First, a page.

AUSTIN (KXAN) — Austin City Council members will vote Thursday on an ordinance that would create an Emergency Communications Department to handle 911 calls, independent from the Austin Police Department.

If approved, 222 civilian positions within APD’s current call center would be transferred out of the police department. The move would decrease funding for APD by more than $16 million and move it to this new Emergency Communications Department.

This is the latest item up for a vote in the city’s efforts to reimagine public safety.

Right now, any emergency call in the city goes through APD’s center, then is routed back out if firefighters, paramedics or a mental health professional is needed.

“A vast majority of our 911 calls have no violence component,” said Austin City Council member Greg Casar.

Casar and others on the council like Mayor Pro Tem Natasha Harper-Madison want to create an independent, city-run Emergency Communications Department.

“I do think taking dispatch out of the PD really helps our department zero in, get really granular with its focus on its fundamental role, and that’s to protect the people and property of Austin,” Harper-Madison said. “Just imagine them managing this call center with hundreds of operators, you know? That’s one of those bureaucratic administrative things that they don’t even need to be worried about.”

The Austin Police Association told KXAN it’s supportive of the change, as long as professional standards are met. Austin-Travis County EMS told KXAN it doesn’t expect any impact from an operational perspective.

Council members said they expect passing the ordinance could bring more efficiency.

“With the police department running 911, sometimes you might end up getting a police officer when you should have had, for example, a mental health response,” Casar explained.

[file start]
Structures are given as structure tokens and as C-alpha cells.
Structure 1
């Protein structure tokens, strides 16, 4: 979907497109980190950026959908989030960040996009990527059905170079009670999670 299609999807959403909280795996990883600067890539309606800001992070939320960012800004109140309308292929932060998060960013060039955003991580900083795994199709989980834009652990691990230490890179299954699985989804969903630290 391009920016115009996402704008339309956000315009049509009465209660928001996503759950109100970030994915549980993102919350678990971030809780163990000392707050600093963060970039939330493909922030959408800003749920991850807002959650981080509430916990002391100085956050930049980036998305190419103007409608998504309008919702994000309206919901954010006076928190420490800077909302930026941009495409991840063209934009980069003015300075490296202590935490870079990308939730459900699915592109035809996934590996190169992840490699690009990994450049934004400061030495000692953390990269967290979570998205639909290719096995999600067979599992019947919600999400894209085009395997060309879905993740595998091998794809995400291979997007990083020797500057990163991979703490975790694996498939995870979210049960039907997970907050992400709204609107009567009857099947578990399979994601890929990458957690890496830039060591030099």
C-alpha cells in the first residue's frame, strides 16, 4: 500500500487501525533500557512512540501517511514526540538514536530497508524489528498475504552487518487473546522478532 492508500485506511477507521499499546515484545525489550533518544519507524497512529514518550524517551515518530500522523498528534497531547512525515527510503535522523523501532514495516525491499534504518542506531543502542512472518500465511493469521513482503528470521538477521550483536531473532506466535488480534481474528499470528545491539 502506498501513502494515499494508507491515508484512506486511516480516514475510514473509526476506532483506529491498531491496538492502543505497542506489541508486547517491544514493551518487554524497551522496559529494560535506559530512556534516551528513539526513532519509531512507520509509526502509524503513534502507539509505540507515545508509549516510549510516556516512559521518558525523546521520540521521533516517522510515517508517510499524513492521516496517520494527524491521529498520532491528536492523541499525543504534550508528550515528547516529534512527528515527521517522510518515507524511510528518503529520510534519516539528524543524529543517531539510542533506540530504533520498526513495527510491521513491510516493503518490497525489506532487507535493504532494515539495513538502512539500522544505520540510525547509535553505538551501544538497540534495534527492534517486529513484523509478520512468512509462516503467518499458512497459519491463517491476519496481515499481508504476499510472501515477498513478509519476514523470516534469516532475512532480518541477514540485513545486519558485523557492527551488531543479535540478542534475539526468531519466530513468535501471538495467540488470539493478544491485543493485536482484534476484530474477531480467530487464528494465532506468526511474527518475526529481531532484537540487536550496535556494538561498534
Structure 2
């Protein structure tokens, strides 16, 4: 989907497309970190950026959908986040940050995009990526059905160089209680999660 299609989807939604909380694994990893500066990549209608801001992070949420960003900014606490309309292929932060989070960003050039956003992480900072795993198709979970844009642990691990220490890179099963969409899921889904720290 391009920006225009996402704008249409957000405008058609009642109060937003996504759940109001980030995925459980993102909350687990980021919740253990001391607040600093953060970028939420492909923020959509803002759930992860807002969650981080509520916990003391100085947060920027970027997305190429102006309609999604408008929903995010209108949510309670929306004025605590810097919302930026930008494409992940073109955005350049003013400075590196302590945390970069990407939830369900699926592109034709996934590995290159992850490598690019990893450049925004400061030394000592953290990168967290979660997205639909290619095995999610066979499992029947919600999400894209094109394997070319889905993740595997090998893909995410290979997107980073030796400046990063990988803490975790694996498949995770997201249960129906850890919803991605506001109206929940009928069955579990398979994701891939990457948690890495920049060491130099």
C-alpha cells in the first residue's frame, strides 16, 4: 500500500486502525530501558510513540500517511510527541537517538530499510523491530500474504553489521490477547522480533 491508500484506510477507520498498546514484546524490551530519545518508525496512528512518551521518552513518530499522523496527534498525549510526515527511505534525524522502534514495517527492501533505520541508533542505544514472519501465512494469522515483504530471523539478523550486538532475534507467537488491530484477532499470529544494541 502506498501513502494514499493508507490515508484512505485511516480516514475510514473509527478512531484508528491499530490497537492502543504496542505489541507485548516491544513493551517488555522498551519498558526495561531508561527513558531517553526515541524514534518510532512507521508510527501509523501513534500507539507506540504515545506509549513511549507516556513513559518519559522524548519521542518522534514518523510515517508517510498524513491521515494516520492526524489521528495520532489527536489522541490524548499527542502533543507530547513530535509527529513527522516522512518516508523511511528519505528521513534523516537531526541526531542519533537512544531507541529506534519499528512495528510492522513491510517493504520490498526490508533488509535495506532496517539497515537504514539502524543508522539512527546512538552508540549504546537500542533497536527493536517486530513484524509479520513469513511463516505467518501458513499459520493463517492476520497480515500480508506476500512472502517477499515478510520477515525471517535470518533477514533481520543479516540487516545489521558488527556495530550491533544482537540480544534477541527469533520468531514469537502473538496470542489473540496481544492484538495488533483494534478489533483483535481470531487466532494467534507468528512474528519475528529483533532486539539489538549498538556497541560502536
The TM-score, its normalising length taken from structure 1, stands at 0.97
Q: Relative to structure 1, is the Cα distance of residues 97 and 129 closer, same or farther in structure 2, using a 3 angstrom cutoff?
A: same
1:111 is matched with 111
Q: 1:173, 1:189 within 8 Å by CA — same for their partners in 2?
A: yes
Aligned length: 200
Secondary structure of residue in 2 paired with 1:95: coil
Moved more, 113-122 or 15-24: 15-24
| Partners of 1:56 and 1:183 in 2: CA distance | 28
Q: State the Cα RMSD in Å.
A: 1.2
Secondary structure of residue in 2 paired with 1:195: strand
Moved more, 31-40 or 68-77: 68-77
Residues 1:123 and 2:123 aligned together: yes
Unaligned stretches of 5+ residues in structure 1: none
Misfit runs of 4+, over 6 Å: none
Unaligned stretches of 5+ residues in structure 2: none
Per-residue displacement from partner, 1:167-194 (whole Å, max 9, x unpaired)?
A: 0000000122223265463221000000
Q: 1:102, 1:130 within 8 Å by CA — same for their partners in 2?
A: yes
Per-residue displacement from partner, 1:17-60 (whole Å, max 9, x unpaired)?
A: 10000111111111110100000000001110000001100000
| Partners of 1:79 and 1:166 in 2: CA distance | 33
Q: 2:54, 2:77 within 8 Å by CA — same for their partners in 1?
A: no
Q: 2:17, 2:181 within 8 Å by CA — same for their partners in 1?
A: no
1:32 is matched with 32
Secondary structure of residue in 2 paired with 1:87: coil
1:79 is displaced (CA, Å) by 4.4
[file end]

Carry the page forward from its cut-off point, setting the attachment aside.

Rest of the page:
As council prepares for Thursday’s vote, ensuring mental health calls get the right response is a topic the city’s Reimagining Public Safety Task Force is asking the city to take even a step further.

Reading one of the task force’s working group’s recommendations, Rodney Saenz said, “A determination of appropriateness of police intervention should be made by the community member requesting assistance in conjunction with the mental health first responder, not by the dispatcher.”

The ordinance council will vote on Thursday would also free up police from having to respond to home alarm systems. A lot of times, Harper-Madison said, those are false alarms, that could be better handled by someone else.

AFD, however, continues to respond to fire alarm activations, including those that are monitored to alert fire crews when a site is unoccupied.

“These activations allow for a timely investigation of the building for signs of fire and fire protection systems that are operating to reduce property damage to the building,” wrote a spokesperson in a statement for AFD. “While false alarms do sometimes occur in these alarm systems, the benefits of having them and our subsequent response are paramount in reducing the risk to occupants of a building and the damage caused by fires. In short, we treat every activation as if it is an emergency…because it may be.”